It is expected that LDACS, together with upgraded satellite-based communications systems, will be deployed within the FCI and constitute one of the main components of the multilink concept within the FCI.

Both technologies, LDACS and satellite systems, have their specific benefits and technical capabilities which complement each other. Especially, satellite systems are well-suited for large coverage areas with less dense air traffic, e.g. oceanic regions. LDACS is well-suited for dense air traffic areas, e.g., continental areas or hot-spots around airports and terminal airspace. In addition, both technologies offer comparable data link capacity and, thus, are well- suited for redundancy, mutual back-up, or load balancing.

Technically the FCI multilink concept will be realized by multi- homed mobile IPv6 networks in the aircraft. The related protocol stack is currently under development by ICAO, within SESAR, and the IETF [I-D.haindl-lisp-gb-atn] [I-D.ietf-rtgwg-atn-bgp].

5.2.2. Air/Air Extension for LDACS

A potential extension of the multi-link concept is its extension to the integration of ad-hoc networks between aircraft.

Direct A/A communication between aircraft in terms of ad-hoc data networks are currently considered a research topic since there is no immediate operational need for it, although several possible use cases are discussed (Automatic Dependent Surveillance - Broadcast (ADS-B), digital voice, wake vortex warnings, and trajectory negotiation) [BEL2019]. It should also be noted, that currently deployed analog VHF voice radios support direct voice communication between aircraft, making a similar use case for digital voice plausible.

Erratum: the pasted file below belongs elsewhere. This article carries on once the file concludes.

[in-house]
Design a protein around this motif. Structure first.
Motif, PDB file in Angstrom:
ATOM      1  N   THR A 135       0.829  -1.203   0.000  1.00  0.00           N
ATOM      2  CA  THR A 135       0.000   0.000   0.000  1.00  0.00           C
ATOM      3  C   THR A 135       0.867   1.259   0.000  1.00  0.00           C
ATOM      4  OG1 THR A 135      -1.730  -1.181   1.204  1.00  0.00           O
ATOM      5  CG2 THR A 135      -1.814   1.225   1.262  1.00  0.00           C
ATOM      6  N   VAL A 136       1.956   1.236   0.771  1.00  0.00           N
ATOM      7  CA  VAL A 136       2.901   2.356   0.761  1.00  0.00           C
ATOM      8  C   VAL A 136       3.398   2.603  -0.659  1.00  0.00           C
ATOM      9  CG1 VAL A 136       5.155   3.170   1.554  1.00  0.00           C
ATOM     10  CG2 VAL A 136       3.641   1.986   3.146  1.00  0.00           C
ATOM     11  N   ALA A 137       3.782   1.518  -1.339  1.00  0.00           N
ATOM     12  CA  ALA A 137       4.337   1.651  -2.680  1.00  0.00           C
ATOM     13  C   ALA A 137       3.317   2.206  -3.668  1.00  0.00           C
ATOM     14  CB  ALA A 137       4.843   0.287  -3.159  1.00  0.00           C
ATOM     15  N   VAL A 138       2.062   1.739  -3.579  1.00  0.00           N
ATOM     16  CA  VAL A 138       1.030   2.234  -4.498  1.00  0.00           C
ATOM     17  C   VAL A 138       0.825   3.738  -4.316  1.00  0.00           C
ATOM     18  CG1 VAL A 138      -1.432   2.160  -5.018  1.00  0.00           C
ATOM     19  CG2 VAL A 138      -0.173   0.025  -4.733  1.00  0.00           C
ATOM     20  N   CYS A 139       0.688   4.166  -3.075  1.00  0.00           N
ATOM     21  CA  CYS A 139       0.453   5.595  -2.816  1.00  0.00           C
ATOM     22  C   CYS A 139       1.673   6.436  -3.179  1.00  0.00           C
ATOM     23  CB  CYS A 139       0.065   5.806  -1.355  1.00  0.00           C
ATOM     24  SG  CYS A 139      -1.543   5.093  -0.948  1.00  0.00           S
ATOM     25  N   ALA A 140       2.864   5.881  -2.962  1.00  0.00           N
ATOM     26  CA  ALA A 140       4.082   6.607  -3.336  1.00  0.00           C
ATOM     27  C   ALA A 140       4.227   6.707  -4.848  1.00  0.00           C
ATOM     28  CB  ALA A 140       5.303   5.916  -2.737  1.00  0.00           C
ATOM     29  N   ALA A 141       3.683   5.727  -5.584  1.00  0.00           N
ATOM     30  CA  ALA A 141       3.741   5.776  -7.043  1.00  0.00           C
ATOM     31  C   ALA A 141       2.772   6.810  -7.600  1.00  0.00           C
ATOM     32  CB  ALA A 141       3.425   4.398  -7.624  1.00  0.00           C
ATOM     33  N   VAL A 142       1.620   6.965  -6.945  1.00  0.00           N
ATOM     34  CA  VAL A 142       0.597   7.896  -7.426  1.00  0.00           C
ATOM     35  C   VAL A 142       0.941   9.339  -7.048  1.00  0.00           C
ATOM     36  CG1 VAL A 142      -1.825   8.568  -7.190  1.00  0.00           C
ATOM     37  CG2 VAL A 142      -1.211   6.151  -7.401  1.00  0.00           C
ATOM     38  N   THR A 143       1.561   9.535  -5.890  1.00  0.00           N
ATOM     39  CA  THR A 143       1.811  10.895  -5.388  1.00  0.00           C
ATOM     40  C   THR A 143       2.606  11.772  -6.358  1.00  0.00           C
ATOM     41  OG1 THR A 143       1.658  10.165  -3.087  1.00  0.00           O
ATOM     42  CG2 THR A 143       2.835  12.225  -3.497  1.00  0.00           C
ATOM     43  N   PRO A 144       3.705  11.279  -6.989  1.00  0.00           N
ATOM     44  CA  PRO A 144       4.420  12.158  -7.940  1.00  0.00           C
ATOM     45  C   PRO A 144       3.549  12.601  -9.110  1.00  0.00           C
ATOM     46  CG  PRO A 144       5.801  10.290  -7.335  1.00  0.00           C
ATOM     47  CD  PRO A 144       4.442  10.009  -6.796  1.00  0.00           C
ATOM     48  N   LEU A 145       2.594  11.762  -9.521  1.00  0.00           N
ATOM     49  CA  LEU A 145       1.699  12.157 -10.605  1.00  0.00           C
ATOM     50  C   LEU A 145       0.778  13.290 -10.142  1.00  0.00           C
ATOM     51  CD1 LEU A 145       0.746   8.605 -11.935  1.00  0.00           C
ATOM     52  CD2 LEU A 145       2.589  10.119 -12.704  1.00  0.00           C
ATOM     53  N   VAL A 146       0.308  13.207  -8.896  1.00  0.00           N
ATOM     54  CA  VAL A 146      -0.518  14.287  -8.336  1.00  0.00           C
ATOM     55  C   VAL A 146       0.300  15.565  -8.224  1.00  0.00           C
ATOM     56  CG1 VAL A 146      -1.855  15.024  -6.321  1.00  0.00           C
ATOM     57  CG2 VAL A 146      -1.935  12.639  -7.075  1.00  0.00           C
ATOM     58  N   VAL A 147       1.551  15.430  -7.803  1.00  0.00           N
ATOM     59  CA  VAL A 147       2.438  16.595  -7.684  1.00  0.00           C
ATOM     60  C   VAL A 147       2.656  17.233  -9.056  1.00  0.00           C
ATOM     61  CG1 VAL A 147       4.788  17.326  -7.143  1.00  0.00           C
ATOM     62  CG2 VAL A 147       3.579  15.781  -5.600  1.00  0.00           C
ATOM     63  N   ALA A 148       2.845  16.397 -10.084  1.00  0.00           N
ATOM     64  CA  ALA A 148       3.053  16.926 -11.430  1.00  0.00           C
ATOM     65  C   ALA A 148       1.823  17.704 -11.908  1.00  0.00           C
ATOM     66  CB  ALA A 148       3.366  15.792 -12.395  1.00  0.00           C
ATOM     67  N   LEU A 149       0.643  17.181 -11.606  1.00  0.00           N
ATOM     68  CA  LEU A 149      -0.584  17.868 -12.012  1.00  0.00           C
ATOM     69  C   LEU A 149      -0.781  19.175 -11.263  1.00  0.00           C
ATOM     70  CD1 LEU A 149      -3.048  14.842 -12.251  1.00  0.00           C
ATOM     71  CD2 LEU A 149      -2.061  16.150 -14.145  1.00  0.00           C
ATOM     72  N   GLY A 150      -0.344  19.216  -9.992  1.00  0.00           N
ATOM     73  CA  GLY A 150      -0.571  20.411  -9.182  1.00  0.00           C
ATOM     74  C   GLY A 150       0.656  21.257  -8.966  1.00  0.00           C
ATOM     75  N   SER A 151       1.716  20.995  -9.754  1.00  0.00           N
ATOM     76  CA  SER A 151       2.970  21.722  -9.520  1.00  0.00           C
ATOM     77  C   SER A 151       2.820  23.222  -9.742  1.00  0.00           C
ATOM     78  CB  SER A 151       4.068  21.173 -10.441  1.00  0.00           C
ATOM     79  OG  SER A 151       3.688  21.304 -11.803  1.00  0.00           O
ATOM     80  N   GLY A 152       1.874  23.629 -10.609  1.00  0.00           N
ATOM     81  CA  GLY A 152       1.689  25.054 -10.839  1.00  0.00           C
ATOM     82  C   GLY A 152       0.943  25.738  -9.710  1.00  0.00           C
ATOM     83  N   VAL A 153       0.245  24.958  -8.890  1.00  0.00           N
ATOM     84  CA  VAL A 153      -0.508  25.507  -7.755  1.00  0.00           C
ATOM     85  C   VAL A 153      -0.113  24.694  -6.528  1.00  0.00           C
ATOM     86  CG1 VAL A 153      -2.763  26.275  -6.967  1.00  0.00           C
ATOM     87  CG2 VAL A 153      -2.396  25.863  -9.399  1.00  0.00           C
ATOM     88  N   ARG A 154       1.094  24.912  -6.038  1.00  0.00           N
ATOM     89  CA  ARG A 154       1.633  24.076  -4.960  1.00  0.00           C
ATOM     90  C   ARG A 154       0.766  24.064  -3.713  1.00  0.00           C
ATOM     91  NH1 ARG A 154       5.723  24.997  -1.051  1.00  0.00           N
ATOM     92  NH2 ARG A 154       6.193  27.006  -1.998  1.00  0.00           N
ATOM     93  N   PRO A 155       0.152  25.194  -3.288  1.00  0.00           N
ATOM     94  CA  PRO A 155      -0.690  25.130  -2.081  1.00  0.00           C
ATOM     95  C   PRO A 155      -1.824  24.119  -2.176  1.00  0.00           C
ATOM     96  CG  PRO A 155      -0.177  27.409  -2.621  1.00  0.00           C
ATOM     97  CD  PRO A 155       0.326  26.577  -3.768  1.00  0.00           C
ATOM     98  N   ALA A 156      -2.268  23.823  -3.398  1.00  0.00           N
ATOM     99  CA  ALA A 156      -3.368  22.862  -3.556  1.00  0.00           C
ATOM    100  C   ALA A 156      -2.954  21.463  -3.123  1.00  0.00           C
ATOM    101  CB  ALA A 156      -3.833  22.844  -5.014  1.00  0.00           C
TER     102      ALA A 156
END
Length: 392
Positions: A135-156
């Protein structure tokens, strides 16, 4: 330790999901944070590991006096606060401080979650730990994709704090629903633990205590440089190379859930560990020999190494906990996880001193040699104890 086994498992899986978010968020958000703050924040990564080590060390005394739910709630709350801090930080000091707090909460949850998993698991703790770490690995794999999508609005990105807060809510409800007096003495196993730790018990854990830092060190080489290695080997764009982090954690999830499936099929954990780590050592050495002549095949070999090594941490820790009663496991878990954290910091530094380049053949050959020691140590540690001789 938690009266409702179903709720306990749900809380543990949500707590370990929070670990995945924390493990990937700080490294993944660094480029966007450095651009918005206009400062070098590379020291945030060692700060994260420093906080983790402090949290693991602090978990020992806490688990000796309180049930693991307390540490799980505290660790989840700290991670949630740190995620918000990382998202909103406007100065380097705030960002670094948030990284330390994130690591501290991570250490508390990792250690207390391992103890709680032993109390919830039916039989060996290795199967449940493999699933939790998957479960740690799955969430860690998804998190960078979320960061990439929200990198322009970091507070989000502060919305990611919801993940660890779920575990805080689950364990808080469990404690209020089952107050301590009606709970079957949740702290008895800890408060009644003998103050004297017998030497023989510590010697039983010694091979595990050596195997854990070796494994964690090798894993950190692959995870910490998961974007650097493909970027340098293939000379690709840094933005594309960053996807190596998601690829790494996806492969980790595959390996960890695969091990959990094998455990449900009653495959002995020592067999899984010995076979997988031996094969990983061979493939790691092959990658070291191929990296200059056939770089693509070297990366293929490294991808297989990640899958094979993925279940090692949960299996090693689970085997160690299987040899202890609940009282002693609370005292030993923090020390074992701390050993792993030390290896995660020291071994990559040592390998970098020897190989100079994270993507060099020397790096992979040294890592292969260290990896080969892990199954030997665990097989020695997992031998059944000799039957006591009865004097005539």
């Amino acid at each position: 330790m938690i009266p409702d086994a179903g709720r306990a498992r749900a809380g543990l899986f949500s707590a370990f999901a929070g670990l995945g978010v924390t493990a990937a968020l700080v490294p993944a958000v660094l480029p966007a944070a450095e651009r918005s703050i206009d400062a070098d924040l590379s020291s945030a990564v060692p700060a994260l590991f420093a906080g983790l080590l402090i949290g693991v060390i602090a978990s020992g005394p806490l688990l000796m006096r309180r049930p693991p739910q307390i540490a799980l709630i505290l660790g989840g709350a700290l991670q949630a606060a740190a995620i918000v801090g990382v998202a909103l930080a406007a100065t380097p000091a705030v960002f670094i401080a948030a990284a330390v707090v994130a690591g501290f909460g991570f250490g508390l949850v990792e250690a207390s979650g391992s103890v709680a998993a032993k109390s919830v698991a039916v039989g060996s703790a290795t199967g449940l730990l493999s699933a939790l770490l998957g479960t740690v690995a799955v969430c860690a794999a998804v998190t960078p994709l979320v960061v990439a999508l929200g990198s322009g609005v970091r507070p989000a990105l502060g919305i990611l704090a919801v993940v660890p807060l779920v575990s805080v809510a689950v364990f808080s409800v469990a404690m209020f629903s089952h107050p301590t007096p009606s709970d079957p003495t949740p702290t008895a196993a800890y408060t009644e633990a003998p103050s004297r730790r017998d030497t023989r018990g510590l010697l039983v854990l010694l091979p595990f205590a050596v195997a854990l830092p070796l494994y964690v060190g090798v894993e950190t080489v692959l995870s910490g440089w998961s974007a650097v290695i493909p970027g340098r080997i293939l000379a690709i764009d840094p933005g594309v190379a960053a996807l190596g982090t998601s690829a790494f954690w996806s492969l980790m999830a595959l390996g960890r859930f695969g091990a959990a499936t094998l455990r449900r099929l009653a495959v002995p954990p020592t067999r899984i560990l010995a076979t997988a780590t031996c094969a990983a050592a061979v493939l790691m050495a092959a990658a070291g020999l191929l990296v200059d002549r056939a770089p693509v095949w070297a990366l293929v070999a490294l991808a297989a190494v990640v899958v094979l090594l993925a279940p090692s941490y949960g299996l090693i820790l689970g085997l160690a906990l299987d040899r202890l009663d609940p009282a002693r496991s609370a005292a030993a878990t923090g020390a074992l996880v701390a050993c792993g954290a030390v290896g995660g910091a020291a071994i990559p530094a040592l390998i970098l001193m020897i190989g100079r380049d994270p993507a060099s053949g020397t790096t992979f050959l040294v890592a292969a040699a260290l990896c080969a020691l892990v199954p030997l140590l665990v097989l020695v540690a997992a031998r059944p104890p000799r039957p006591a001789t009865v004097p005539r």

LDACS A/A is currently not part of the standardization process and will not be covered within this document.

5.2.3. Flight Guidance

The FCI (and therefore LDACS) is used to provide flight guidance. This is realized using three applications:

Context Management (CM): The CM application manages the automatic logical connection to the ATC center currently responsible to guide the aircraft. Currently this is done by the air crew manually changing VHF voice frequencies according to the progress of the flight. The CM application automatically sets up equivalent sessions.
Controller Pilot Data Link Communications (CPDLC): The CPDLC application provides the air crew with the ability to exchange data messages similar to text messages with the currently responsible ATC center. The CPDLC application takes over most of the communication currently performed over VHF voice and enables new services that do not lend themselves to voice communication (i.e., trajectory negotiation).
Automatic Dependent Surveillance - Contract (ADS-C): ADS-C reports the position of the aircraft to the currently active ATC center. Reporting is bound to "contracts", i.e., pre-defined events related to the progress of the flight (i.e., the trajectory). ADS-C and CPDLC are the primary applications used for implementing in-flight trajectory management.

CM, CPDLC, and ADS-C are available on legacy datalinks, but are not widely deployed and with limited functionality.